In July we will roll out the infrastructure council as defined in the new KI delegation order. I will, in my capacity as vice president, chair the council with Stefan Eriksson having a critical role for the council as the president’s advisor for infrastructure.
The task of the infrastructure council is to coordinate and prioritize investments in infrastructure at KI including in relation to the Stockholm Region and to national and international initiatives. At all levels, it is important to cooperate and consolidate. This will be particularly important as the costs for infrastructure and its complexity is increasing. As Sweden’s largest medical faculty, KI has to take a significant responsibility for infrastructure within the field of life sciences. The council will cover research infrastructures, infrastructure for education and premises related to core activities.
We are now looking for individuals that will be members of this council. Please read more about it here (in Swedish).
I have had an interest in infrastructure since coming (back) to KI in the beginning of 2000, then establishing a core facility initially based on microarray technology. Running a core facility has given me valuable insights into the challenges that confront those who take the responsible for providing service to others and also the hosting departments. This include career structure for those who assume a more expert career, long term financing, organization, and not least the balance between the need to service present users and at the same time build new capacities for the future.
Sweden has made extensive investments in large national infrastructures exemplified by SciLifeLab, SNIC, MAXIV and ESS. We have to take our responsibility that these investments are explored in the best possible way.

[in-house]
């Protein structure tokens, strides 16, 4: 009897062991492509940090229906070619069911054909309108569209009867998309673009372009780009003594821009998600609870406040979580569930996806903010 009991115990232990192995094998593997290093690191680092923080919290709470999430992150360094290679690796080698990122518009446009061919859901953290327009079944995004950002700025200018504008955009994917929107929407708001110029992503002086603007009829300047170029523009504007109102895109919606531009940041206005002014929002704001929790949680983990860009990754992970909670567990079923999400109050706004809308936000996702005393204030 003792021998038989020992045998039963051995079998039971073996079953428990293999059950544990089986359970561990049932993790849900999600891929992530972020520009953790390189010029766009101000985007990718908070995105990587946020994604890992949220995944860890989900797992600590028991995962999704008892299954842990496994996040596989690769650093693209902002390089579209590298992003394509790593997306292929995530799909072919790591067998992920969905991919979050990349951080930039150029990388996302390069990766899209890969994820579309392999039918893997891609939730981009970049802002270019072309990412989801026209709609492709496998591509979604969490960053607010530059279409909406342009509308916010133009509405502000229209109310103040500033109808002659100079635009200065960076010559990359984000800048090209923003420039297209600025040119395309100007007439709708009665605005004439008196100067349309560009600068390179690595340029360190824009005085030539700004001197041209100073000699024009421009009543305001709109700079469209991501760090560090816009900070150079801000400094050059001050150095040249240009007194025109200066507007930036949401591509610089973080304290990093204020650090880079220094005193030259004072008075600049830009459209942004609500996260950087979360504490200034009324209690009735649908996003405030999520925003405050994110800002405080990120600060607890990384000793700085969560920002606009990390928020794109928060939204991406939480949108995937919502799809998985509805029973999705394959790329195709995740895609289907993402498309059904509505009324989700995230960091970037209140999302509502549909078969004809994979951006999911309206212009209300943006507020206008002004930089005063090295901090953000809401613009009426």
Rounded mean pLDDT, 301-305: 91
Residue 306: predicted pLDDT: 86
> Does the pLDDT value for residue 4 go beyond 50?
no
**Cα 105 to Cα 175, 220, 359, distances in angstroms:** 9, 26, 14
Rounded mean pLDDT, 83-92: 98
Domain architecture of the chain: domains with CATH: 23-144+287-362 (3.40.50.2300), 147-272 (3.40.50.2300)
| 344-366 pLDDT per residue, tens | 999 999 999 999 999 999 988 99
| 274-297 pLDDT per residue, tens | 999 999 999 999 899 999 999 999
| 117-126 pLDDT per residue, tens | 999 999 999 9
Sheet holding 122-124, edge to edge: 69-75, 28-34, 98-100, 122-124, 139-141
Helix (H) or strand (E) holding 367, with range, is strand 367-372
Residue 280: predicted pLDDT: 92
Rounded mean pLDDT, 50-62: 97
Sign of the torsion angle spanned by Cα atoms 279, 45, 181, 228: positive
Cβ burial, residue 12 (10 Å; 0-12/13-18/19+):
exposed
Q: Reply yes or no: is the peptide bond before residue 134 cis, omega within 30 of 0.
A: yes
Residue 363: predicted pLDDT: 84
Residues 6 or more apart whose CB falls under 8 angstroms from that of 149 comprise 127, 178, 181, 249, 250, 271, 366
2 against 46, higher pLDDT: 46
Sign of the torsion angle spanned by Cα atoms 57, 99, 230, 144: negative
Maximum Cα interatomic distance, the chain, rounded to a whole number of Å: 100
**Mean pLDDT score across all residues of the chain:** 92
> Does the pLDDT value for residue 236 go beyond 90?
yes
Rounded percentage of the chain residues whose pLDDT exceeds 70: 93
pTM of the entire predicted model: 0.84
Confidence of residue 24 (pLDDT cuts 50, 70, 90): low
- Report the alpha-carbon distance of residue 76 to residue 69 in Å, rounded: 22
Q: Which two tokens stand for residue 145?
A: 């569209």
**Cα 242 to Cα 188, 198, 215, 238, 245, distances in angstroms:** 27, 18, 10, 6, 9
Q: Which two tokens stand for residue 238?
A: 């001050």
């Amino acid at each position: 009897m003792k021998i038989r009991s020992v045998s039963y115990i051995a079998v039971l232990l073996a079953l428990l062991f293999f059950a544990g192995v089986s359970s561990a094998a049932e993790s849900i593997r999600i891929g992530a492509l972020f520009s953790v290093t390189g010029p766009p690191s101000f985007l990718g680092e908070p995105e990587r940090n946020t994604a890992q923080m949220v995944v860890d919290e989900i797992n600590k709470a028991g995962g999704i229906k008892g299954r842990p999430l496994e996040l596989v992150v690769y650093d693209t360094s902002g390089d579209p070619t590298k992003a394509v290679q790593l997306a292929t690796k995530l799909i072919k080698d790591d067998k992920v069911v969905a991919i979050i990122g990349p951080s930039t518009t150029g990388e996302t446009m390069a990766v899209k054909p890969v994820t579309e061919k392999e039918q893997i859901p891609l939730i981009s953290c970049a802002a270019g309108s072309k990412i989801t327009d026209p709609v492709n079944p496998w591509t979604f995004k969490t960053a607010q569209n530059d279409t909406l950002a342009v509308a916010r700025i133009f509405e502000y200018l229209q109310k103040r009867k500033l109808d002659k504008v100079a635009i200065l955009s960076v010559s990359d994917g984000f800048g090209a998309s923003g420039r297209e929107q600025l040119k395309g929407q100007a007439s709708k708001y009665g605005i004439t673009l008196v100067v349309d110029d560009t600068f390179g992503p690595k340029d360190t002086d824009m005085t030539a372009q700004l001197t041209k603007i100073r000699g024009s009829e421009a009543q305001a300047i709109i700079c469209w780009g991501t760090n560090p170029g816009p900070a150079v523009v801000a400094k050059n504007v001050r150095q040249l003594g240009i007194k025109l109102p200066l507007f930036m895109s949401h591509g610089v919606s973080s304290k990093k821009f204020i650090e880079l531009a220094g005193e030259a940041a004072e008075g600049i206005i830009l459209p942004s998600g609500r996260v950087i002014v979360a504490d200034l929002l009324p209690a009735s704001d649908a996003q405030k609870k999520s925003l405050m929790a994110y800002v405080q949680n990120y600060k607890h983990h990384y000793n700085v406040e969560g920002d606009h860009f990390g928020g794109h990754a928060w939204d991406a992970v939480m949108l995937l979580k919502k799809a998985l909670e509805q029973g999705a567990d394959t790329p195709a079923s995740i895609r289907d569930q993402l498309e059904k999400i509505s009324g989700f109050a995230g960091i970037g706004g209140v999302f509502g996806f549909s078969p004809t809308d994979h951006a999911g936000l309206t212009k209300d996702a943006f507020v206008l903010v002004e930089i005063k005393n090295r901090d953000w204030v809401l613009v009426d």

In the recent weeks, I have participated in activities related to some of these infrastructures.
The SciLifeLab national board, the highest decisive body for the national infrastructure, where I represent KI, has hosted a visit by its International Advisory Board. We are now awaiting the report and its recommendations.
Swedish National Infrastructure for Computing had last week a meeting with its highest governings body, “Stämman”, where I represented KI. It is clear that there will be large needs in computing and data storage in the years to come. Life sciences is relatively new on this scene and we have to secure that this infrastructure is well aligned with the needs of life sciences.
The Swedish Research Council will now conclude its five-year “Uppdrag att stimulera svenskt deltagande, utnyttjande och kompetensförsörjning kring uppbyggnaden och driften av den Europeiska Spallationskällan (ESS)” and deliver it’s final report to the government in May.
I have been on the reference group. During these five years I have learnt a lot about ESS and potential applications in life sciences but also how such a large infrastructures drive the research (funding) landscape.
I am really looking forward to work with Stefan and others on infrastructure related issues in the years to come!